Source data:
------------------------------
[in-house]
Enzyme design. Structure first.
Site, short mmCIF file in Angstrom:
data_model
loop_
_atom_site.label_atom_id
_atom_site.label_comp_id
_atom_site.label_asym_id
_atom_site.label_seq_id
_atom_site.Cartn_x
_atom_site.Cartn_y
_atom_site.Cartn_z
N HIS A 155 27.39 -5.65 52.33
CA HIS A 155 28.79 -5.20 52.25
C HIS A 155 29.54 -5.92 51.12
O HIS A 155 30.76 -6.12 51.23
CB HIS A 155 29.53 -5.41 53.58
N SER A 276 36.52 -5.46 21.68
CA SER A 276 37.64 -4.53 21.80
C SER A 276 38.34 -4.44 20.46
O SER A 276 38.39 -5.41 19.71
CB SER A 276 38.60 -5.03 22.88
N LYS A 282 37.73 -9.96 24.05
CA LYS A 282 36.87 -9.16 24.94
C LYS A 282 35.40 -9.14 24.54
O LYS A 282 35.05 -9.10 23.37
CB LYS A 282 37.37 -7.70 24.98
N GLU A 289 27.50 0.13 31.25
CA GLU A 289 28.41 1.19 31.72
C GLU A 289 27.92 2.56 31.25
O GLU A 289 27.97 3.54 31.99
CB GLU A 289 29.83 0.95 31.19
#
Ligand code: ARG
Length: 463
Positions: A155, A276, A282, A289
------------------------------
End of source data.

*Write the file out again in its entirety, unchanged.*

[in-house]
Enzyme design. Structure first.
Site, short mmCIF file in Angstrom:
data_model
loop_
_atom_site.label_atom_id
_atom_site.label_comp_id
_atom_site.label_asym_id
_atom_site.label_seq_id
_atom_site.Cartn_x
_atom_site.Cartn_y
_atom_site.Cartn_z
N HIS A 155 27.39 -5.65 52.33
CA HIS A 155 28.79 -5.20 52.25
C HIS A 155 29.54 -5.92 51.12
O HIS A 155 30.76 -6.12 51.23
CB HIS A 155 29.53 -5.41 53.58
N SER A 276 36.52 -5.46 21.68
CA SER A 276 37.64 -4.53 21.80
C SER A 276 38.34 -4.44 20.46
O SER A 276 38.39 -5.41 19.71
CB SER A 276 38.60 -5.03 22.88
N LYS A 282 37.73 -9.96 24.05
CA LYS A 282 36.87 -9.16 24.94
C LYS A 282 35.40 -9.14 24.54
O LYS A 282 35.05 -9.10 23.37
CB LYS A 282 37.37 -7.70 24.98
N GLU A 289 27.50 0.13 31.25
CA GLU A 289 28.41 1.19 31.72
C GLU A 289 27.92 2.56 31.25
O GLU A 289 27.97 3.54 31.99
CB GLU A 289 29.83 0.95 31.19
#
Ligand code: ARG
Length: 463
Positions: A155, A276, A282, A289